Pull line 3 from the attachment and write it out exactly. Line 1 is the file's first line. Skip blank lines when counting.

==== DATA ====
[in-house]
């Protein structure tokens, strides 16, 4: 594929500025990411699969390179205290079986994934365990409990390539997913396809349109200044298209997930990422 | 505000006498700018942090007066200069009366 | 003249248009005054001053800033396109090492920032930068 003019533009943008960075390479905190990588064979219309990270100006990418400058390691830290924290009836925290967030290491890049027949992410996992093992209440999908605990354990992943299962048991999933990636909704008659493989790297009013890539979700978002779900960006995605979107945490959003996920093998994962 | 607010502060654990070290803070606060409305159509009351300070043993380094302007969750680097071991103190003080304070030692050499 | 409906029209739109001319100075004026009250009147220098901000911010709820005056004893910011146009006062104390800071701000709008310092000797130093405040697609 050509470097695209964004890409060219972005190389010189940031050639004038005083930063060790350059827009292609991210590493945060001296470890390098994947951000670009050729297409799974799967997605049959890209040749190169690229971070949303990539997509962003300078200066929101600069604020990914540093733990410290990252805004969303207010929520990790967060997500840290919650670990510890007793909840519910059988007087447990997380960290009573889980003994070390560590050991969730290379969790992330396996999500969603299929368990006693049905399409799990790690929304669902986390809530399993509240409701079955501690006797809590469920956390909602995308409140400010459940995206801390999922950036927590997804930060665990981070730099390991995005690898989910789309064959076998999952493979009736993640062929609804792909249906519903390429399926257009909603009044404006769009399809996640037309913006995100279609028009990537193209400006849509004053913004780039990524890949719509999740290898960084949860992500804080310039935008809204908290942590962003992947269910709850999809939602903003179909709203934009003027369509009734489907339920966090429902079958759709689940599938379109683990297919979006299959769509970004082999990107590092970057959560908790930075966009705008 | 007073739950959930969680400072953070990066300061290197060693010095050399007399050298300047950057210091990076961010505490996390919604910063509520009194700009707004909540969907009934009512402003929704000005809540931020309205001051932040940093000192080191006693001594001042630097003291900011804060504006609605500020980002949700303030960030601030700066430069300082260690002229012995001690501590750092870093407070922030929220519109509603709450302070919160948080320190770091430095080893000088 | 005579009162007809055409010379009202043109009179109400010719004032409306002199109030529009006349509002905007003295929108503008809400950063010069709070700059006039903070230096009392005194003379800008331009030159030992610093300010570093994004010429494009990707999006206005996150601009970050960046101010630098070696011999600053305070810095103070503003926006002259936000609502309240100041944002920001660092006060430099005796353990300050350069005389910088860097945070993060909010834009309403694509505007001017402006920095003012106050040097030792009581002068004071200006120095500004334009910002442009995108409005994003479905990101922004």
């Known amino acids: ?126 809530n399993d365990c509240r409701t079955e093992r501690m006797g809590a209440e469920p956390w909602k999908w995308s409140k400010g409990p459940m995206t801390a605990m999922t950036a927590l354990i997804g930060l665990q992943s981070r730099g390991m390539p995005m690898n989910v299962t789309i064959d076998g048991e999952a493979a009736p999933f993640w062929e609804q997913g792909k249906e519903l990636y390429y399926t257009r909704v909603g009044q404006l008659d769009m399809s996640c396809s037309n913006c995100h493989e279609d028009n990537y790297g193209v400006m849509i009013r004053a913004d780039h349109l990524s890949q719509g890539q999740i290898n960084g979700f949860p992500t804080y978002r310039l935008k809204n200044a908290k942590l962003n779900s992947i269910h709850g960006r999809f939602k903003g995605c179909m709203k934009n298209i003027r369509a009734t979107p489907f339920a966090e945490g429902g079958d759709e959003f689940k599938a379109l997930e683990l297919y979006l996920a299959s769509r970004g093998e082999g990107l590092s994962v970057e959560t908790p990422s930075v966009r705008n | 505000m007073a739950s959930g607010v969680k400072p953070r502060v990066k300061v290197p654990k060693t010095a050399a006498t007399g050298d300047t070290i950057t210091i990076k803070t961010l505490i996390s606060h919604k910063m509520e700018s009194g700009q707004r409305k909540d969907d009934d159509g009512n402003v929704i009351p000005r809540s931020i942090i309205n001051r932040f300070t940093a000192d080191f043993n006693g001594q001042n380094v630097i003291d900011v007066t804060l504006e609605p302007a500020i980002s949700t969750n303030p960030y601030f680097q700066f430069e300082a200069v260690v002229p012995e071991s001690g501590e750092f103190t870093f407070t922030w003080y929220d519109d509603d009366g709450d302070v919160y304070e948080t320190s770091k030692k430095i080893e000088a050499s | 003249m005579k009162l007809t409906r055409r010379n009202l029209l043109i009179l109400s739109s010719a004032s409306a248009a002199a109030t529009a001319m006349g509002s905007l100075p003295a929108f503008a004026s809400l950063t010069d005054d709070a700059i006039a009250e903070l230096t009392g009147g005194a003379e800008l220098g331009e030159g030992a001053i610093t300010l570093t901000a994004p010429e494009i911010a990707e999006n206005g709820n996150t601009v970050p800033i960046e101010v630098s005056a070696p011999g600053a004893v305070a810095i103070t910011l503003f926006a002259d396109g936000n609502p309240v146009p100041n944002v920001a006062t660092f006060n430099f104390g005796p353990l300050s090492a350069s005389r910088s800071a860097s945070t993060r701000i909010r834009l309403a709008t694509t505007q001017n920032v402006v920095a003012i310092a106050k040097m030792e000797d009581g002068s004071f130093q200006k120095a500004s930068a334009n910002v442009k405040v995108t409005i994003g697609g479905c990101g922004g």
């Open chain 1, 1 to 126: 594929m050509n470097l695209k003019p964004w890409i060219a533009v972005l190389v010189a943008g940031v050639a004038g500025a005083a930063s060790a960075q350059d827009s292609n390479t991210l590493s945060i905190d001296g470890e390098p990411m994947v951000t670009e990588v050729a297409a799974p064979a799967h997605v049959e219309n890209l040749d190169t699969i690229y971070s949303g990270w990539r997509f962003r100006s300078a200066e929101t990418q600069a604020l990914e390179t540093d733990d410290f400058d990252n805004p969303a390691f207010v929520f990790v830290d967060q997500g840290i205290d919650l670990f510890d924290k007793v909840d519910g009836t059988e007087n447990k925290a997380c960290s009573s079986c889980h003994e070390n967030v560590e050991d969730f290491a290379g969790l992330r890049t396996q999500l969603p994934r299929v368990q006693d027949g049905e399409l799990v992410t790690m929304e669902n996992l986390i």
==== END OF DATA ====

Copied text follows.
């Known amino acids: ?126 809530n399993d365990c509240r409701t079955e093992r501690m006797g809590a209440e469920p956390w909602k999908w995308s409140k400010g409990p459940m995206t801390a605990m999922t950036a927590l354990i997804g930060l665990q992943s981070r730099g390991m390539p995005m690898n989910v299962t789309i064959d076998g048991e999952a493979a009736p999933f993640w062929e609804q997913g792909k249906e519903l990636y390429y399926t257009r909704v909603g009044q404006l008659d769009m399809s996640c396809s037309n913006c995100h493989e279609d028009n990537y790297g193209v400006m849509i009013r004053a913004d780039h349109l990524s890949q719509g890539q999740i290898n960084g979700f949860p992500t804080y978002r310039l935008k809204n200044a908290k942590l962003n779900s992947i269910h709850g960006r999809f939602k903003g995605c179909m709203k934009n298209i003027r369509a009734t979107p489907f339920a966090e945490g429902g079958d759709e959003f689940k599938a379109l997930e683990l297919y979006l996920a299959s769509r970004g093998e082999g990107l590092s994962v970057e959560t908790p990422s930075v966009r705008n | 505000m007073a739950s959930g607010v969680k400072p953070r502060v990066k300061v290197p654990k060693t010095a050399a006498t007399g050298d300047t070290i950057t210091i990076k803070t961010l505490i996390s606060h919604k910063m509520e700018s009194g700009q707004r409305k909540d969907d009934d159509g009512n402003v929704i009351p000005r809540s931020i942090i309205n001051r932040f300070t940093a000192d080191f043993n006693g001594q001042n380094v630097i003291d900011v007066t804060l504006e609605p302007a500020i980002s949700t969750n303030p960030y601030f680097q700066f430069e300082a200069v260690v002229p012995e071991s001690g501590e750092f103190t870093f407070t922030w003080y929220d519109d509603d009366g709450d302070v919160y304070e948080t320190s770091k030692k430095i080893e000088a050499s | 003249m005579k009162l007809t409906r055409r010379n009202l029209l043109i009179l109400s739109s010719a004032s409306a248009a002199a109030t529009a001319m006349g509002s905007l100075p003295a929108f503008a004026s809400l950063t010069d005054d709070a700059i006039a009250e903070l230096t009392g009147g005194a003379e800008l220098g331009e030159g030992a001053i610093t300010l570093t901000a994004p010429e494009i911010a990707e999006n206005g709820n996150t601009v970050p800033i960046e101010v630098s005056a070696p011999g600053a004893v305070a810095i103070t910011l503003f926006a002259d396109g936000n609502p309240v146009p100041n944002v920001a006062t660092f006060n430099f104390g005796p353990l300050s090492a350069s005389r910088s800071a860097s945070t993060r701000i909010r834009l309403a709008t694509t505007q001017n920032v402006v920095a003012i310092a106050k040097m030792e000797d009581g002068s004071f130093q200006k120095a500004s930068a334009n910002v442009k405040v995108t409005i994003g697609g479905c990101g922004g």